But staff members say they’re still uncertain about their future, as communication hasn’t been very clear. And Goyette mentions that, thanks to the campus consolidation, staff members are being asked to do a lot of extra work with no additional compensation. For example, she works as a studio manager on the Oakland campus, and she says she often has to act as a consultant for architects and engineers working on the new campus planning.
And Goyette doesn’t believe the staff members’ anxieties will all be assuaged by a new contract, or put to bed once the merger goes through. “Let’s be honest, even when we’re all over there, it’s going to take a while to work out the kinks,” she says.
The library on the Oakland campus feels modern, but the windows look out onto ancient trees and the historic Macky Hall, also known as the Treadwell Mansion. Inside the library are troves of books and reference materials on the arts—vintage catalogs, oversized volumes of visual art—as well as the collected history of the college itself. A lot of the information lives inside the head of curator and archivist Jennine Scarboro, who stands casually behind the reference desk as she recites the school’s more than 100-year history without missing a beat. She’s worked there for more than 10 years, and she was a student herself back in the day.
In 1907, Frederick Meyer, known as one of the fathers of the early 20th Century Arts and Crafts Movement, established the School of the California Guild of Arts and Crafts just a block away from UC Berkeley. He wanted to create a space for artists in the East Bay after his workshop was destroyed by fire in the powerful 1906 San Francisco earthquake. The college moved around Berkeley a few times during its early years, settling on the Oakland campus in 1922. The school needed more space to accommodate the influx of students coming to school on the GI Bill.
The hillside campus lies at the foot of a massive green area that includes the Claremont Country Club and Oakland’s Mountainview Cemetery. The buildings are a mix of old—two are listed on the city’s historic registry—and newer, industrial spaces that house massive kilns and foundries and darkrooms. It was formerly the Treadwell Estate, originally the property of a family that owned a coal mine in Livermore. By the time Meyer purchased the land, it had become dilapidated. He employed the help of the college’s students and faculty to transform the space.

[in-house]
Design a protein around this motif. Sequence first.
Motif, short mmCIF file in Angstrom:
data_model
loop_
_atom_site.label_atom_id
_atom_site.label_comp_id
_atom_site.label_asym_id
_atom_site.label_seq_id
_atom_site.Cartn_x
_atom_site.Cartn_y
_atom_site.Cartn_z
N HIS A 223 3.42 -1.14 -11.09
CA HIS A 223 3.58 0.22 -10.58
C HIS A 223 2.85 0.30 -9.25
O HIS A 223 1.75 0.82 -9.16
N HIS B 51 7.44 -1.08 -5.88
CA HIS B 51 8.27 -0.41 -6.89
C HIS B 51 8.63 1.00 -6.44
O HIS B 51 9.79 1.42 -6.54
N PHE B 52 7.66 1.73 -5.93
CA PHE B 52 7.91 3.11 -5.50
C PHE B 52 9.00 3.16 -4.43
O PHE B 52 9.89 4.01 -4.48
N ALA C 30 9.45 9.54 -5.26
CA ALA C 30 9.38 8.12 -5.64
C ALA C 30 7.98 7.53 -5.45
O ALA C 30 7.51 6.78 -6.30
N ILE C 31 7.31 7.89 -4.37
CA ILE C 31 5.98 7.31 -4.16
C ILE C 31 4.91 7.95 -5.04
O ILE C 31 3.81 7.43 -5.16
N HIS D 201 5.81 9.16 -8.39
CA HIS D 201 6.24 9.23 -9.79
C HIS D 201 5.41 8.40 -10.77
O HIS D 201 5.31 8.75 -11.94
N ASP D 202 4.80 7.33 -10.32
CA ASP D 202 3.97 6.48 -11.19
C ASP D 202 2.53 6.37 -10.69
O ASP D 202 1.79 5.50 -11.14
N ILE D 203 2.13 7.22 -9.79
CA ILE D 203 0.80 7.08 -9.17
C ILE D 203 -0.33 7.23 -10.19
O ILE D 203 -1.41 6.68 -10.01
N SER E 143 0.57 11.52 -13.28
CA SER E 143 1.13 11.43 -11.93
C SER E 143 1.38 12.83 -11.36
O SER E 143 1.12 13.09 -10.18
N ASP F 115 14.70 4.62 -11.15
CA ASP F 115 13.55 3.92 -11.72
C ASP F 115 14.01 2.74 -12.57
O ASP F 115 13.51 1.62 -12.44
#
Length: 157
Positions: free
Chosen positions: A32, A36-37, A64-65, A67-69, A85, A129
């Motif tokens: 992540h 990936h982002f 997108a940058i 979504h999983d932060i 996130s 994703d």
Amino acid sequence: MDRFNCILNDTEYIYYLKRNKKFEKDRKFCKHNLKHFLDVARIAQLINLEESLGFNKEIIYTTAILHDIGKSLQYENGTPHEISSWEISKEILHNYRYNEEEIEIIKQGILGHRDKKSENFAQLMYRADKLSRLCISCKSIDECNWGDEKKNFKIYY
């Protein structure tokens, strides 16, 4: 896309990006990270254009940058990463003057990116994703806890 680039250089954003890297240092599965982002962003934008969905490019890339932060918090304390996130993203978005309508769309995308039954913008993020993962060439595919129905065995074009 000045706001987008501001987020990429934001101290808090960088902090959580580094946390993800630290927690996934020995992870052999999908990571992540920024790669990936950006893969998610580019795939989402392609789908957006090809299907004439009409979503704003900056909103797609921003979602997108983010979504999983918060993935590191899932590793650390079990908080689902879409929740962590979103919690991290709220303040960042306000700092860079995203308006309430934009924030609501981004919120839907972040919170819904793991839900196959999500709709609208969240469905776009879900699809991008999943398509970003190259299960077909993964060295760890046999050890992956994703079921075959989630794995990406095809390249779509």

After being renamed the California College of Arts and Crafts in 1936, the campus grew, with new complexes and residential halls springing up in the 60s. But as the decades wore on, college leaders decided they again needed more space. They opened up a San Francisco location on 17th Street in the 1980s, where they housed their architecture and design programs.
From the start, the two campuses served different purposes. Oakland houses the college’s giant glassblowing furnaces, its screen-printing studio, its jewelry-making program and its ceramics department. In San Francisco, students take classes in architecture, interaction design, fashion and virtual reality. The equipment libraries in San Francisco are much more technologically robust, with microchips and top-of-the-line Apple computers and tablets for students to check out.
In 2003, the school dropped “crafts” from its name altogether, but the craft programs remain alive and well, mostly operating out of Oakland. For the entire history of the college, the arts and crafts have coexisted, a relatively revolutionary concept for arts institutions. But the name change caused some friction. Many in the crafts community—the majority of whom practiced in Oakland—felt jilted.